Empowering rangatahi through zero waste living

Renee Davies and the team at Tihei Rangatahi in Wainuiomata are all about empowering young Māori for lives of autonomy and sustainability.

“I always tell my team, nothing’s impossible,” says Renee.

Building on the opportunities they already offer rangatahi after school each day – such as radio broadcasting, dance classes, and learning to cook – Tihei Rangatahi is now teaching them how to restore furniture. They’re nurturing life and business skills, building the autonomy of Māori youth, and motivating them to lead zero-waste lives that respect Papatūānuku.

Tihei Rangatahi – a surplus mindset

As a community-based after-school group, Tihei Rangatahi creates opportunity for young people through inclusion and sustainability. What’s more, as part of Kōkiri Marae in Seaview, they are concerned with empowering young Māori with tikanga, and a Te Ao Māori point of view.

They also operate from a surplus mindset that sees capacity and potential in all people and their whānau. Team leader, Renee Davies, believes that when people are supported to upskill, when they are able to give back and enhance their mana, their spirits are lifted.

“A lot of people, especially Māori, they just need to be empowered,” says Renee.

Rangatahi leading the way to zero waste

Working in partnership with Para Kore – the kaupapa Māori programme embedding zero waste habits within marae and whānau across Aotearoa, rangatahi are restoring and upcycling old furniture from start to finish themselves.

They plan to sell the furniture online and raise funds to help achieve goals they set for themselves, such as trips to places they’ve never been before.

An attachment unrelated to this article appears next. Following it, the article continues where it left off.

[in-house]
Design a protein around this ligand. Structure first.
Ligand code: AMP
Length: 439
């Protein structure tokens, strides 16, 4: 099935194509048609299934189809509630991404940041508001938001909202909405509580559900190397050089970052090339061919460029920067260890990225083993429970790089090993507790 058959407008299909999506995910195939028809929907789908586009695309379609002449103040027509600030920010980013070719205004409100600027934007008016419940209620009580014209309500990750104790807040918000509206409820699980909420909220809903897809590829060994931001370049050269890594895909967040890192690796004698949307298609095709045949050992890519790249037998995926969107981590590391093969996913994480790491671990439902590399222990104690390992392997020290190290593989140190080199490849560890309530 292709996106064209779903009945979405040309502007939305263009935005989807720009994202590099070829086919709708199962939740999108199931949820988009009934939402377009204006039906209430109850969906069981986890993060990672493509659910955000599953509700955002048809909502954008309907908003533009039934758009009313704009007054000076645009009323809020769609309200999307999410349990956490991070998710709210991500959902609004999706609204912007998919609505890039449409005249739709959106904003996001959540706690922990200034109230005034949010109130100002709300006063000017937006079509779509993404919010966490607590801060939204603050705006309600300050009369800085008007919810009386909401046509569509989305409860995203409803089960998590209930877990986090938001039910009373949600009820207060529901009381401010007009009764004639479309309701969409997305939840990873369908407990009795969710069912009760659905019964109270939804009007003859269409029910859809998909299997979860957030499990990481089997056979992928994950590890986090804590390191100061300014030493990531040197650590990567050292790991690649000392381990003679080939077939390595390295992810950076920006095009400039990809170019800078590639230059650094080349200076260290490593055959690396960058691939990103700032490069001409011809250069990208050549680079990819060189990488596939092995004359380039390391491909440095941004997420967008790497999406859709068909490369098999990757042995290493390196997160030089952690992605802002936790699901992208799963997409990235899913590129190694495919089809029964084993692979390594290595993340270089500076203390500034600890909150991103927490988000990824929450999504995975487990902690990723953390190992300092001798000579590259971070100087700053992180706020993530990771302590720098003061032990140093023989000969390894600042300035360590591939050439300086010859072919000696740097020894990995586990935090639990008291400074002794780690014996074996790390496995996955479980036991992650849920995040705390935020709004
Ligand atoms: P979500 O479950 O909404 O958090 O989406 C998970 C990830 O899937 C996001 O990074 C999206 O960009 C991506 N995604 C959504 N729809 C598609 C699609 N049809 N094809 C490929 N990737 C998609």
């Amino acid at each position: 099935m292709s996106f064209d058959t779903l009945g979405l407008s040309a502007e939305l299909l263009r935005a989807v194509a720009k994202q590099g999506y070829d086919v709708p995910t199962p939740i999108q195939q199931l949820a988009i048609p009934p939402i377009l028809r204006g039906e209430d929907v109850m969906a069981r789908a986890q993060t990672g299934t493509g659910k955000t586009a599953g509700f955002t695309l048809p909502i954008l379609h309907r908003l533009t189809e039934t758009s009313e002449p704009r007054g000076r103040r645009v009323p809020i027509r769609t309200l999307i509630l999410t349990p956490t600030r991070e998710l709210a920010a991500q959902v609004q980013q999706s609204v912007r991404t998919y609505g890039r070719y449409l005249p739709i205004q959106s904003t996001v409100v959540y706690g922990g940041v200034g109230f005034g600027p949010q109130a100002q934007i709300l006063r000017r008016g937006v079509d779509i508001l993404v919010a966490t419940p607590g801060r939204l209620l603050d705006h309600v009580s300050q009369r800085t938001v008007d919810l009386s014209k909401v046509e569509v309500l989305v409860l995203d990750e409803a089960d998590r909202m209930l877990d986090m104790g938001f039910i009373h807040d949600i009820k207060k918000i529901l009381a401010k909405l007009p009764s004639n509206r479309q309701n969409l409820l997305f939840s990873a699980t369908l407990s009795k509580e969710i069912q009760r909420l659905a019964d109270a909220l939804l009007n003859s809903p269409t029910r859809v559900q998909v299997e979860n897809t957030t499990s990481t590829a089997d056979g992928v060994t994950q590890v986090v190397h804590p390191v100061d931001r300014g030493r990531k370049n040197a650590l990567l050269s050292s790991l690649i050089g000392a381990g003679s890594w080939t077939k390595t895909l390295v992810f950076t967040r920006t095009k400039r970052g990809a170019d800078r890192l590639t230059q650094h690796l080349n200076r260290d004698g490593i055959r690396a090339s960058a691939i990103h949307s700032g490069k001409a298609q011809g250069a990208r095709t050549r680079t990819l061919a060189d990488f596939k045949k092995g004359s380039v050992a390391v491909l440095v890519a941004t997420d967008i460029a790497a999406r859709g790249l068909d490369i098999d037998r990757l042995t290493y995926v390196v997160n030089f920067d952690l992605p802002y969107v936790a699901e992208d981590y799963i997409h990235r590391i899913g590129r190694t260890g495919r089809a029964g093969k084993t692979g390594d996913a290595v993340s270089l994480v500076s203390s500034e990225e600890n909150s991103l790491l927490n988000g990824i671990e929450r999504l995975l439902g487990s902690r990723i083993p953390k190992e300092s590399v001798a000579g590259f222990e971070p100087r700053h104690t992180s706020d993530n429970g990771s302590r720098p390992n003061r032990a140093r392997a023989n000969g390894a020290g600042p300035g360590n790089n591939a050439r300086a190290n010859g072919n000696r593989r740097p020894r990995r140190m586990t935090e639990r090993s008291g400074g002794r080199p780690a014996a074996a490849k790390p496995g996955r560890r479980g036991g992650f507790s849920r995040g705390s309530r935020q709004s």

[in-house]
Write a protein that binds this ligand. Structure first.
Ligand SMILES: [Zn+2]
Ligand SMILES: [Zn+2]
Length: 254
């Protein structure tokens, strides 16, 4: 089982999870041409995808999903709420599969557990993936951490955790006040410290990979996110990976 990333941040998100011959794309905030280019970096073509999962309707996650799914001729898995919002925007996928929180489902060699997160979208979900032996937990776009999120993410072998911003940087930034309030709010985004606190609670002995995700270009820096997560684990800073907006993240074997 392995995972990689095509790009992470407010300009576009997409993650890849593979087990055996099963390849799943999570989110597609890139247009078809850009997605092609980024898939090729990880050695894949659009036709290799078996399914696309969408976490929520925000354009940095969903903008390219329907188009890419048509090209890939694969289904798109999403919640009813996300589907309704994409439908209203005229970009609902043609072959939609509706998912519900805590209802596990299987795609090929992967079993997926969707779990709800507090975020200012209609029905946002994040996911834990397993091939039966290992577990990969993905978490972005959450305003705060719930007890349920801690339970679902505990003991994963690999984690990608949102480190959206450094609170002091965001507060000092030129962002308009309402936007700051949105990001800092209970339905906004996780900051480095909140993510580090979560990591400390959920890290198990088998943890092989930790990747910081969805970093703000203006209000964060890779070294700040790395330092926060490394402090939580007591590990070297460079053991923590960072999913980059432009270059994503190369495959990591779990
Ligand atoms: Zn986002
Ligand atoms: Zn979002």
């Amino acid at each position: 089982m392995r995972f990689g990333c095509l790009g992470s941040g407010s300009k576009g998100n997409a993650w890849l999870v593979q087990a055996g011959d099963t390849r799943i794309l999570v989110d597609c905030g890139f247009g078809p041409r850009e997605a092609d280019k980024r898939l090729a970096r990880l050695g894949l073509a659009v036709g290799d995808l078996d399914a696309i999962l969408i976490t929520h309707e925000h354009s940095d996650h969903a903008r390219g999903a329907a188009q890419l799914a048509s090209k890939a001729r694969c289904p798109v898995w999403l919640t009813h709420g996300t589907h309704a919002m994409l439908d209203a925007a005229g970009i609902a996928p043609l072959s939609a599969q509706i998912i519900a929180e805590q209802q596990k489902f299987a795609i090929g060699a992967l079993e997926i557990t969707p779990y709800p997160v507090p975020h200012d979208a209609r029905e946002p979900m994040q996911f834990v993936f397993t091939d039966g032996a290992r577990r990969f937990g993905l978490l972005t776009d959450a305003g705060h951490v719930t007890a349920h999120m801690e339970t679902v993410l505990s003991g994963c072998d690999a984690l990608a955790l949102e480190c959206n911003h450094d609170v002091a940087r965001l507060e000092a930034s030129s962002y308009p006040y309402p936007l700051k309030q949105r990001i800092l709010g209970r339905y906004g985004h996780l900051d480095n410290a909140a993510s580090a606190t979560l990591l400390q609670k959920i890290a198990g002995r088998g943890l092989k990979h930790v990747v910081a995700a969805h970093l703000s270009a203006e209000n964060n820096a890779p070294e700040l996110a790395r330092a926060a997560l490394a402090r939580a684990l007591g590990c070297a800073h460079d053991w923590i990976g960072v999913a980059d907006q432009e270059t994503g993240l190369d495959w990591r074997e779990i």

The idea to upcycle and sell furniture arose out of kōrero about the value of possessions, sustainability and how to pay for food. At the time, Renee and the team saw the opportunity to teach young Māori business skills, and to discuss good financial habits as a way to increasing their opportunity in life, along with their mana.

Importantly, rangatahi are also learning tikanga, such as the need to care for Papatūānuku through reducing landfill and minimising the demand for new resources.

Renee stresses that this project puts young Māori at the centre, making room for their initiative, and seeking their input in all stages.

“You gotta get them young, and someone has to support them.”

It all began when the team put out the call for donations of unwanted furniture. Thanks to their strong connections with whānau in their rohe, they received so much that it now threatens to overflow the recording studio where it’s being stored.

Now, after school each day, rangatahi can be found hard at work on the set of four matching chairs they selected to begin with. Having researched online what needs to be done, they’re restoring the chairs according to designs they decided on together.

Currently they’re painting the chairs, after sanding them back by hand. Once they’re done with the upholstery, the rangatahi will focus on setting up online, moving them closer to their financial goal. Then, they’ll start over with different items of furniture, opening further opportunities in their lives as they do.

Partnering with E Tū Whānau

Renee Davies and her team are driven by the vision of Tihei Rangatahi being a learning hub for the community, and this project is no exception. Indeed, Tihei Rangatahi is an example of the community-led change that E Tū Whānau supports and partners with.

Renee says that the Tikanga and values behind E Tū Whānau are significant, that they guide the work that Tihei Rangatahi do with Māori. What is also important to Renee is that, as a partner supporting positive change, E Tū Whānau adopts a soft approach, and is process-orientated.

“They just let us do our own thing. E Tū Whānau is not output-focused like others are. E Tū Whānau hears our need and lets us meet it. They let us work our own process.”